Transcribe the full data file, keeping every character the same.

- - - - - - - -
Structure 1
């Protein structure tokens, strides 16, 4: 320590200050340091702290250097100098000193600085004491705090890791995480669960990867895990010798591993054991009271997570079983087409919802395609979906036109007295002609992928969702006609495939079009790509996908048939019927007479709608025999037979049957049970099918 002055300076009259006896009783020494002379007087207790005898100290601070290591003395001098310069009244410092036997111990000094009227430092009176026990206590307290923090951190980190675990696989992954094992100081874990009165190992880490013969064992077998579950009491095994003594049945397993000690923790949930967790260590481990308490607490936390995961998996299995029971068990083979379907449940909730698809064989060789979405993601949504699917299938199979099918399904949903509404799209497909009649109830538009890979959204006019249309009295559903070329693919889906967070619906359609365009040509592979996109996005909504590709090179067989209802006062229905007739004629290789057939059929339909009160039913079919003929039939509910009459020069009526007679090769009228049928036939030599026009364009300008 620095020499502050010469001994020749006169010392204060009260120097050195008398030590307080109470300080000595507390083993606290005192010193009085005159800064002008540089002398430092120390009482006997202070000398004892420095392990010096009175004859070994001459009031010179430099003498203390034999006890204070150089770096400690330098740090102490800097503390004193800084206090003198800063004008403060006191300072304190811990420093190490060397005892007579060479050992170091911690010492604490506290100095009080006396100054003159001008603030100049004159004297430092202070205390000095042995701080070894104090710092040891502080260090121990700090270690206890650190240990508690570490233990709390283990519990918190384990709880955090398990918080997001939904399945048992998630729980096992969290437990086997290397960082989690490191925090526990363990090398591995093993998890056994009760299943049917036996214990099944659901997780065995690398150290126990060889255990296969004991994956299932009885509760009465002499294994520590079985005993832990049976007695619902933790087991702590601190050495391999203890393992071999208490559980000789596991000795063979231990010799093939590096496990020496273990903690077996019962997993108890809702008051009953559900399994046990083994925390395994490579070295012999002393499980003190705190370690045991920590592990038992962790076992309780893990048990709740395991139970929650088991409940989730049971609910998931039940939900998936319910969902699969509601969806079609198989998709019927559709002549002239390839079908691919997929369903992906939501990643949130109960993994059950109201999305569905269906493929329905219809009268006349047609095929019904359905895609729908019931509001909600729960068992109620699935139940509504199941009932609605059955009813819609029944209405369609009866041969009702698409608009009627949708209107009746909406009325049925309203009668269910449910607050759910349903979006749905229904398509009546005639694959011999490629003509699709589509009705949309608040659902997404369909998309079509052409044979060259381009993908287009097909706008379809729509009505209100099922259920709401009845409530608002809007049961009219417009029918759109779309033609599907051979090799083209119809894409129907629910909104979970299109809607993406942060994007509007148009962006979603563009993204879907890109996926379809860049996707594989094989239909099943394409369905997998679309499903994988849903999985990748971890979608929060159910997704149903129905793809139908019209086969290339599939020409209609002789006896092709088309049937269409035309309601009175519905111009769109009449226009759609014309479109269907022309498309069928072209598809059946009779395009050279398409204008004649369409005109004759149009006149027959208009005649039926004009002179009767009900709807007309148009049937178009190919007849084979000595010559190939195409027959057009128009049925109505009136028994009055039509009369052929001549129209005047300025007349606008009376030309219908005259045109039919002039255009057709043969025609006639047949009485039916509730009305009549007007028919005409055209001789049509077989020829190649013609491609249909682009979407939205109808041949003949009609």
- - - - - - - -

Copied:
Structure 1
């Protein structure tokens, strides 16, 4: 320590200050340091702290250097100098000193600085004491705090890791995480669960990867895990010798591993054991009271997570079983087409919802395609979906036109007295002609992928969702006609495939079009790509996908048939019927007479709608025999037979049957049970099918 002055300076009259006896009783020494002379007087207790005898100290601070290591003395001098310069009244410092036997111990000094009227430092009176026990206590307290923090951190980190675990696989992954094992100081874990009165190992880490013969064992077998579950009491095994003594049945397993000690923790949930967790260590481990308490607490936390995961998996299995029971068990083979379907449940909730698809064989060789979405993601949504699917299938199979099918399904949903509404799209497909009649109830538009890979959204006019249309009295559903070329693919889906967070619906359609365009040509592979996109996005909504590709090179067989209802006062229905007739004629290789057939059929339909009160039913079919003929039939509910009459020069009526007679090769009228049928036939030599026009364009300008 620095020499502050010469001994020749006169010392204060009260120097050195008398030590307080109470300080000595507390083993606290005192010193009085005159800064002008540089002398430092120390009482006997202070000398004892420095392990010096009175004859070994001459009031010179430099003498203390034999006890204070150089770096400690330098740090102490800097503390004193800084206090003198800063004008403060006191300072304190811990420093190490060397005892007579060479050992170091911690010492604490506290100095009080006396100054003159001008603030100049004159004297430092202070205390000095042995701080070894104090710092040891502080260090121990700090270690206890650190240990508690570490233990709390283990519990918190384990709880955090398990918080997001939904399945048992998630729980096992969290437990086997290397960082989690490191925090526990363990090398591995093993998890056994009760299943049917036996214990099944659901997780065995690398150290126990060889255990296969004991994956299932009885509760009465002499294994520590079985005993832990049976007695619902933790087991702590601190050495391999203890393992071999208490559980000789596991000795063979231990010799093939590096496990020496273990903690077996019962997993108890809702008051009953559900399994046990083994925390395994490579070295012999002393499980003190705190370690045991920590592990038992962790076992309780893990048990709740395991139970929650088991409940989730049971609910998931039940939900998936319910969902699969509601969806079609198989998709019927559709002549002239390839079908691919997929369903992906939501990643949130109960993994059950109201999305569905269906493929329905219809009268006349047609095929019904359905895609729908019931509001909600729960068992109620699935139940509504199941009932609605059955009813819609029944209405369609009866041969009702698409608009009627949708209107009746909406009325049925309203009668269910449910607050759910349903979006749905229904398509009546005639694959011999490629003509699709589509009705949309608040659902997404369909998309079509052409044979060259381009993908287009097909706008379809729509009505209100099922259920709401009845409530608002809007049961009219417009029918759109779309033609599907051979090799083209119809894409129907629910909104979970299109809607993406942060994007509007148009962006979603563009993204879907890109996926379809860049996707594989094989239909099943394409369905997998679309499903994988849903999985990748971890979608929060159910997704149903129905793809139908019209086969290339599939020409209609002789006896092709088309049937269409035309309601009175519905111009769109009449226009759609014309479109269907022309498309069928072209598809059946009779395009050279398409204008004649369409005109004759149009006149027959208009005649039926004009002179009767009900709807007309148009049937178009190919007849084979000595010559190939195409027959057009128009049925109505009136028994009055039509009369052929001549129209005047300025007349606008009376030309219908005259045109039919002039255009057709043969025609006639047949009485039916509730009305009549007007028919005409055209001789049509077989020829190649013609491609249909682009979407939205109808041949003949009609």